When I started training for the Monument Avenue 10K last year with the team from Richmond’s First Baptist Church, I joked that there was “no pastor faster.” In our Sunday afternoon training sessions I would try to run fast enough to protect that reputation, but not so fast that I couldn’t discuss theology with my teammates (which I’m sure they appreciated). By the time race day came around I was running pretty well, and surprised myself with a time of 45:41.
Which means that I trained even harder this year, and began to get serious about that “no pastor faster” thing. “Honestly,” I thought, “is there another pastor out there running faster than 45:41?” But then I started running with Wallace Adams-Riley, rector of St. Paul’s Episcopal Church, and it became evident that he was not only a few years younger than me, but also a good bit quicker. I justified it by telling myself that he wasn’t a “faster pastor,” he was a “faster rector” (which doesn’t even rhyme and therefore doesn’t qualify).
Wallace pushed me in our training runs, though, and when race day came around this year he ran with me and helped me maintain a brisk pace over the 6.2 mile course. I came across the finish line in 43:41—exactly two minutes faster than last year—and exulted in my victory. I couldn’t imagine that there was another pastor in Richmond who had run so well.
Until I saw the results in the paper the next day.
I was looking at the names of the top finishers in my age group when I saw a name I thought I recognized. Sure enough, there was David Benjamin, pastor of Winfree Memorial Baptist Church on Midlothian Turnpike. When I checked online I discovered that David is two years older than I am, but finished twenty-five places ahead of me in our age group, with a time of 39:59—nearly four minutes faster than my 43:41.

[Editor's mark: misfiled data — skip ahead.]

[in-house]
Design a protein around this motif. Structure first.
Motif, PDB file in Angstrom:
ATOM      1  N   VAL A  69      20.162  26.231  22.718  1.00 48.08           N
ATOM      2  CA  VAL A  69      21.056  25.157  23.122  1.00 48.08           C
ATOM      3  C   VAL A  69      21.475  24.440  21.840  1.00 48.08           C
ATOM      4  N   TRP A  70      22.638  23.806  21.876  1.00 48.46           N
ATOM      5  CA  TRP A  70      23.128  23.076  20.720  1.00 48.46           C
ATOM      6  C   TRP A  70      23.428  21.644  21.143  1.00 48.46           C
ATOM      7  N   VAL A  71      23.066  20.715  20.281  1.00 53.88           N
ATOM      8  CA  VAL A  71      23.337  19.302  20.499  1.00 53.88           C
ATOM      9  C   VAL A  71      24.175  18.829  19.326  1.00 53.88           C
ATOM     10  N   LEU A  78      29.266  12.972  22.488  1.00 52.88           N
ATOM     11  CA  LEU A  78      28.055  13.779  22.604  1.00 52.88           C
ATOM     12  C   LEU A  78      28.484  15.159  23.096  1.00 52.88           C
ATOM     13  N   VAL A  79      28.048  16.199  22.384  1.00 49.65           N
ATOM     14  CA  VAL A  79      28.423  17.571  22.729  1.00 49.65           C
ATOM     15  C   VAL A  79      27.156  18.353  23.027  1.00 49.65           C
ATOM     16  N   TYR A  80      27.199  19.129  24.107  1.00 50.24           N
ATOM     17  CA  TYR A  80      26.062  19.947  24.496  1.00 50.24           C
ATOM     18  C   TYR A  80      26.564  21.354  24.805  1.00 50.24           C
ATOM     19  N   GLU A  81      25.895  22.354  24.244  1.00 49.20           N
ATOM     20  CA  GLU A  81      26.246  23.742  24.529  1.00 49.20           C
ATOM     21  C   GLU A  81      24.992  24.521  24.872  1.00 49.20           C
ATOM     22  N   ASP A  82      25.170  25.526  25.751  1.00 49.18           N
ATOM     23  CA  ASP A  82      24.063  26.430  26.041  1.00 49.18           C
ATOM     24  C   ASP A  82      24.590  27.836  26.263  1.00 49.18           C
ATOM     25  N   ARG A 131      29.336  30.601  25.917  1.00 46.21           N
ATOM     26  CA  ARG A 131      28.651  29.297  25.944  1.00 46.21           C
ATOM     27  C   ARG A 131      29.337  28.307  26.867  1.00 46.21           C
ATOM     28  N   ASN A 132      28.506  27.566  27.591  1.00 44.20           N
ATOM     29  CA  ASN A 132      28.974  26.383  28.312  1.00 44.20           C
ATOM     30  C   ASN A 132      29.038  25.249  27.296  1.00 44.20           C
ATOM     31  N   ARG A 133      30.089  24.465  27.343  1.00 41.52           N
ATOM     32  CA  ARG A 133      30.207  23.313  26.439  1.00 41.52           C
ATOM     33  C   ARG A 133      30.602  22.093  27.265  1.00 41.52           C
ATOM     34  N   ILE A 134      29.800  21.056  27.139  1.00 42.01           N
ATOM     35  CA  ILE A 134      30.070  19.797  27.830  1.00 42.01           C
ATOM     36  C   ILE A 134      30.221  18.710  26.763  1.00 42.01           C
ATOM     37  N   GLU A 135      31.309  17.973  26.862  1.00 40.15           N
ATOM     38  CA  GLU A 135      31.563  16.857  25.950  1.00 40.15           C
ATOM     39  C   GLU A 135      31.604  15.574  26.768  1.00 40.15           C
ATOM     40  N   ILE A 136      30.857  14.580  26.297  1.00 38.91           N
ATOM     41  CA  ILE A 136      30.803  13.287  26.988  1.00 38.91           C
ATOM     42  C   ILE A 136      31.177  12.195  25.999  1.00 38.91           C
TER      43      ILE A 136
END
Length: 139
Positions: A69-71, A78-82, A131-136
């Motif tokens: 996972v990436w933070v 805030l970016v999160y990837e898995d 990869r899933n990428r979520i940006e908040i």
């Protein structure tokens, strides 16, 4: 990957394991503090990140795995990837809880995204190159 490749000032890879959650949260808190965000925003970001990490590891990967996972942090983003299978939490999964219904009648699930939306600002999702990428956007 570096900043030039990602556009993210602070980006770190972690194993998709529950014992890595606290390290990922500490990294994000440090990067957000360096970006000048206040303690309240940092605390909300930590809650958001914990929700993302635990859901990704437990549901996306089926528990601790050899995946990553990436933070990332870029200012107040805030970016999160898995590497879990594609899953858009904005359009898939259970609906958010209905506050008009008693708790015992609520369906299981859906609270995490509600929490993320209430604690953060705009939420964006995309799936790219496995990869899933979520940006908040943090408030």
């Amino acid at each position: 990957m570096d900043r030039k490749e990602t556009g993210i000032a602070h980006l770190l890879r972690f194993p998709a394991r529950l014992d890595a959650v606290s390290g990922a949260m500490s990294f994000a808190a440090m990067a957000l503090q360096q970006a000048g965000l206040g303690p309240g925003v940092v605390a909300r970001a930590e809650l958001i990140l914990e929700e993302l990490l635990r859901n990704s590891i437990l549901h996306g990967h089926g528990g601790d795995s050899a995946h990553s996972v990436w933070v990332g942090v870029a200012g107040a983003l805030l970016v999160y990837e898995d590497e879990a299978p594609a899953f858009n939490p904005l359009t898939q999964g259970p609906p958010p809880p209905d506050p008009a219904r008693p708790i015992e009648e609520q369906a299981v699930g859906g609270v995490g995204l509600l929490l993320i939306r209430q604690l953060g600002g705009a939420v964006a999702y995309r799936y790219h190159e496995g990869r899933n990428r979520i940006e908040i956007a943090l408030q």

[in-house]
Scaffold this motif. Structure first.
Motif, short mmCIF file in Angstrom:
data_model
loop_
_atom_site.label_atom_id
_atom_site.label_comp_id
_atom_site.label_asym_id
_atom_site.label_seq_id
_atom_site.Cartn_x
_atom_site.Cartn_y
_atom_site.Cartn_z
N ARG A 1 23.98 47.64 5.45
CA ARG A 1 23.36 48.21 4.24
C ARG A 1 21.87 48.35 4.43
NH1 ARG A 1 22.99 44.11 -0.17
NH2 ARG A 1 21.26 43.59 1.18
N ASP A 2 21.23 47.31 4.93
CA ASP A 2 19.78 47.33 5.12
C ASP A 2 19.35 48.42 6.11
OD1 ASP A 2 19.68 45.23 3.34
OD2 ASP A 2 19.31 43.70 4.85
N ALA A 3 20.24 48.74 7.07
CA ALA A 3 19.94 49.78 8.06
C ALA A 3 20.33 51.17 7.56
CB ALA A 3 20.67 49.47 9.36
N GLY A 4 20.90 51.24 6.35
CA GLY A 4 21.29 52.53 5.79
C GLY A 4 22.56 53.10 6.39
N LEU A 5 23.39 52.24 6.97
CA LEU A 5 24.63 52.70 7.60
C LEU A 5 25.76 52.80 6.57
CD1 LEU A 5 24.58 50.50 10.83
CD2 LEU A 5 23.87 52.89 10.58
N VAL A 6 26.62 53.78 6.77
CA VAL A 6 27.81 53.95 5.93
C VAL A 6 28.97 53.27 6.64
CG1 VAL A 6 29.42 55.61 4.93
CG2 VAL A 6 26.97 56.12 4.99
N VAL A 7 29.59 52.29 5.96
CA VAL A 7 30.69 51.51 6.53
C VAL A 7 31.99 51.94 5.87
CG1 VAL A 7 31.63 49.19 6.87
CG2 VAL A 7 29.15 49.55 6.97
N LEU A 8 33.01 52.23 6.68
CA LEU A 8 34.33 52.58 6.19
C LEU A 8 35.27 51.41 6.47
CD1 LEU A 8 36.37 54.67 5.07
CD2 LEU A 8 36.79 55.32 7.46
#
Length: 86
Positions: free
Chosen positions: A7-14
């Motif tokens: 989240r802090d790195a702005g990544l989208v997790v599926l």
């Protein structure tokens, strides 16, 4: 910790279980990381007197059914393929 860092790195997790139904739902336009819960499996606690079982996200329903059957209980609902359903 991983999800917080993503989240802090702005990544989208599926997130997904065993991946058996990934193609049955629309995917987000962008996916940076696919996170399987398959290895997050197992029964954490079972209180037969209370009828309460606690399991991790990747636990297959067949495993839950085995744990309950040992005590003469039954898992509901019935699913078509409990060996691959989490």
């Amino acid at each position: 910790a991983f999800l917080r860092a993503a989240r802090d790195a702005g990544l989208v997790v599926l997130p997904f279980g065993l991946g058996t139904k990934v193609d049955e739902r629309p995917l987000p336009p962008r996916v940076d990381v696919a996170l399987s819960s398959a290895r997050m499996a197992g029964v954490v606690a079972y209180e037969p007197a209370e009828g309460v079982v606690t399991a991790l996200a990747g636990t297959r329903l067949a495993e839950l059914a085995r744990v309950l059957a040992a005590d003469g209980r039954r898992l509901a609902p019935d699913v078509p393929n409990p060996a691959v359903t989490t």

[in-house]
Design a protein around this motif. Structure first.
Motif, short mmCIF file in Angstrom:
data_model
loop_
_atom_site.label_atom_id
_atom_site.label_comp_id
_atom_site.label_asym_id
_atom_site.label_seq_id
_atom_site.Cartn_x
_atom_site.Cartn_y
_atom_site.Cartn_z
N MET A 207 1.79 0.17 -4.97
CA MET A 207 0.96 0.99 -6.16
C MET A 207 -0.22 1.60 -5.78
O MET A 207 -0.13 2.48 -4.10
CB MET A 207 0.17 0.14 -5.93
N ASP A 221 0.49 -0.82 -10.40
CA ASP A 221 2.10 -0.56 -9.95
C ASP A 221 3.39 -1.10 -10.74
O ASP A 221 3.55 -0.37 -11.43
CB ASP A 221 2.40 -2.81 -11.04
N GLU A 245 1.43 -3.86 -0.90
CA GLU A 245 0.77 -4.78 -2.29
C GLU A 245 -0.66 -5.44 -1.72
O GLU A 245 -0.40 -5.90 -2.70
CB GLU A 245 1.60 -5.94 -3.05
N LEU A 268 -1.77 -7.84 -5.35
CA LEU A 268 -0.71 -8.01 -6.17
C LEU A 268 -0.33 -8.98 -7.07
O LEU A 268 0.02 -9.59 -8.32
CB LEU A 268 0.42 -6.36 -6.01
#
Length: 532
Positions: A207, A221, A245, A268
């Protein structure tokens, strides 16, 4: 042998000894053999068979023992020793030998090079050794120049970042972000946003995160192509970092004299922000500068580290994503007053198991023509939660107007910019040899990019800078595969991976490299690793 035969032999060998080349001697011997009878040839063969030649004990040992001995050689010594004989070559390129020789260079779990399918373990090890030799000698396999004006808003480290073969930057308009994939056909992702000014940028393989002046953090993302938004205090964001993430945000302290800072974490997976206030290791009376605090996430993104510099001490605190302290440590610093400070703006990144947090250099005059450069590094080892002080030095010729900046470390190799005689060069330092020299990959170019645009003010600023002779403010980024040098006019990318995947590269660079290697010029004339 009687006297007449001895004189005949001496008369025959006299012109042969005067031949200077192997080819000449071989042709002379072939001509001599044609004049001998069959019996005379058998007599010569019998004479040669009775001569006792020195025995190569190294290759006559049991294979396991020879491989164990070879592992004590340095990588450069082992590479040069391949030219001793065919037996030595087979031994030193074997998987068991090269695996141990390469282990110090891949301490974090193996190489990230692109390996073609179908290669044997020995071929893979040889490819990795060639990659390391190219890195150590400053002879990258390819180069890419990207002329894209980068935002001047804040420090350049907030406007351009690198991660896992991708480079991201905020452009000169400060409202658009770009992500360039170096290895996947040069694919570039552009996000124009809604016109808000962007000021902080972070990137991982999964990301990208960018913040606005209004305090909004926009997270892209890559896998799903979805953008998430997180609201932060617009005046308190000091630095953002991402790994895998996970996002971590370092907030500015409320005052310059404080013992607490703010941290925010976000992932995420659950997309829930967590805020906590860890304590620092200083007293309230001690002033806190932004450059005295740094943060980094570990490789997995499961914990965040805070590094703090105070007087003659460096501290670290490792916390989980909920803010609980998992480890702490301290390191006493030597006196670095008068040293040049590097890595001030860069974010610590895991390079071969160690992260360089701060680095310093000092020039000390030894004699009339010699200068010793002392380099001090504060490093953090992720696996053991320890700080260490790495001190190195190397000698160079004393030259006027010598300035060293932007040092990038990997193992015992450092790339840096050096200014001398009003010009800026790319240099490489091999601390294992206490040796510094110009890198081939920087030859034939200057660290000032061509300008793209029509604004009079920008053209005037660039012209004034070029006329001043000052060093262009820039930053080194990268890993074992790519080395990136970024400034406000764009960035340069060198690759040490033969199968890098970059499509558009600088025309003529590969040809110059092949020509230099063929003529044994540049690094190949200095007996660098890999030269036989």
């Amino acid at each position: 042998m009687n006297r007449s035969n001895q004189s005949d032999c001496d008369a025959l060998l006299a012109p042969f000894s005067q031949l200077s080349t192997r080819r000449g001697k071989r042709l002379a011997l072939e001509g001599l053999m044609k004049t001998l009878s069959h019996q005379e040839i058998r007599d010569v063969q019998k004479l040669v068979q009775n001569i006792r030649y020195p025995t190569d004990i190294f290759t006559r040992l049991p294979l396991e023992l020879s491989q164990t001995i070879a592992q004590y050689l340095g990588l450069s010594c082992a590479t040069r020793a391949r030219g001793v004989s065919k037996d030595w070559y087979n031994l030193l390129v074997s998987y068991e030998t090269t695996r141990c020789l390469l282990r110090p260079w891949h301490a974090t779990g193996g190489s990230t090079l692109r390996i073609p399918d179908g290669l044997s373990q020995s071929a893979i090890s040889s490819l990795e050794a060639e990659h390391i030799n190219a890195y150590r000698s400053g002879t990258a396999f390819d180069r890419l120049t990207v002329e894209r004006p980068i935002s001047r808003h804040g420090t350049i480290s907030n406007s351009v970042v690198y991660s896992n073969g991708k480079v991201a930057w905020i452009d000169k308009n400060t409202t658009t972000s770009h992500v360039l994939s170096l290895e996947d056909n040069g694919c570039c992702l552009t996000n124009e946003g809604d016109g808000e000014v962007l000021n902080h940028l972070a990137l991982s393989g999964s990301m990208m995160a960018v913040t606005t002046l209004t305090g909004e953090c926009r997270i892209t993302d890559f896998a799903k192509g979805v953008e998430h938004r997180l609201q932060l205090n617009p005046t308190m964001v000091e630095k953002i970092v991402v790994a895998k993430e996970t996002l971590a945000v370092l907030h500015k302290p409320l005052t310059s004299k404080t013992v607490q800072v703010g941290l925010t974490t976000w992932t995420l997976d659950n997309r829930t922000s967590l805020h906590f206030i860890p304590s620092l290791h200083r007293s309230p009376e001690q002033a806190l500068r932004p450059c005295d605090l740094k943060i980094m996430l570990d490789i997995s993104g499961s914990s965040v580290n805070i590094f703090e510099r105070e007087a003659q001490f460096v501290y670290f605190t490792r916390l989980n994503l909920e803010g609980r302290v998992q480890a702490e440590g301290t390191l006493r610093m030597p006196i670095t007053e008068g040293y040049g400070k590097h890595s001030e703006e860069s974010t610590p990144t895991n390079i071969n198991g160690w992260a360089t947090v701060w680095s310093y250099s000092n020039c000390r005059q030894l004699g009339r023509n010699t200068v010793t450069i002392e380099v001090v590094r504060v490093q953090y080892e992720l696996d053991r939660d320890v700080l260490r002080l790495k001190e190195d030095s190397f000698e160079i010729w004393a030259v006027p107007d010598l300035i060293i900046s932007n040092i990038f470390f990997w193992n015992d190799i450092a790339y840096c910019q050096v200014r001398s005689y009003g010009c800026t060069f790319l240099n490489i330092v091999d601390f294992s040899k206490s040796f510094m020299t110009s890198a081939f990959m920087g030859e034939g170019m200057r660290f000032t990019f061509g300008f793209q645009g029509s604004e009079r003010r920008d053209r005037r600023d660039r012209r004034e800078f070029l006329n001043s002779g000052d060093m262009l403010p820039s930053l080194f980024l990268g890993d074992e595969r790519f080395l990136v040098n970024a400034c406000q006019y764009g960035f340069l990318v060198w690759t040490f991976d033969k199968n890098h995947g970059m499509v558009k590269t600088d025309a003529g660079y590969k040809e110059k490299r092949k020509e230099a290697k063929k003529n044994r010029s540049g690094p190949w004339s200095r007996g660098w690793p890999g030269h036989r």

What could I do?
Sunday morning, before I went to church, I called David and left a message on his voicemail. “For more than a year now I’ve been telling people that there is no pastor faster than Jim Somerville, but that’s not true. You are the faster pastor, David Benjamin, and today I confer that title upon you. Congratulations!”
I meant it sincerely, and walked to church feeling better (a little stiff, but better). Honest admission, humble confession—these things are good for the soul. And I’m sure that in the years ahead, as I watch countless pastors, rectors, and imams stream past me in the Monument Avenue 10K, my body will breathe a little sigh of disappointment,
But my soul will be at peace.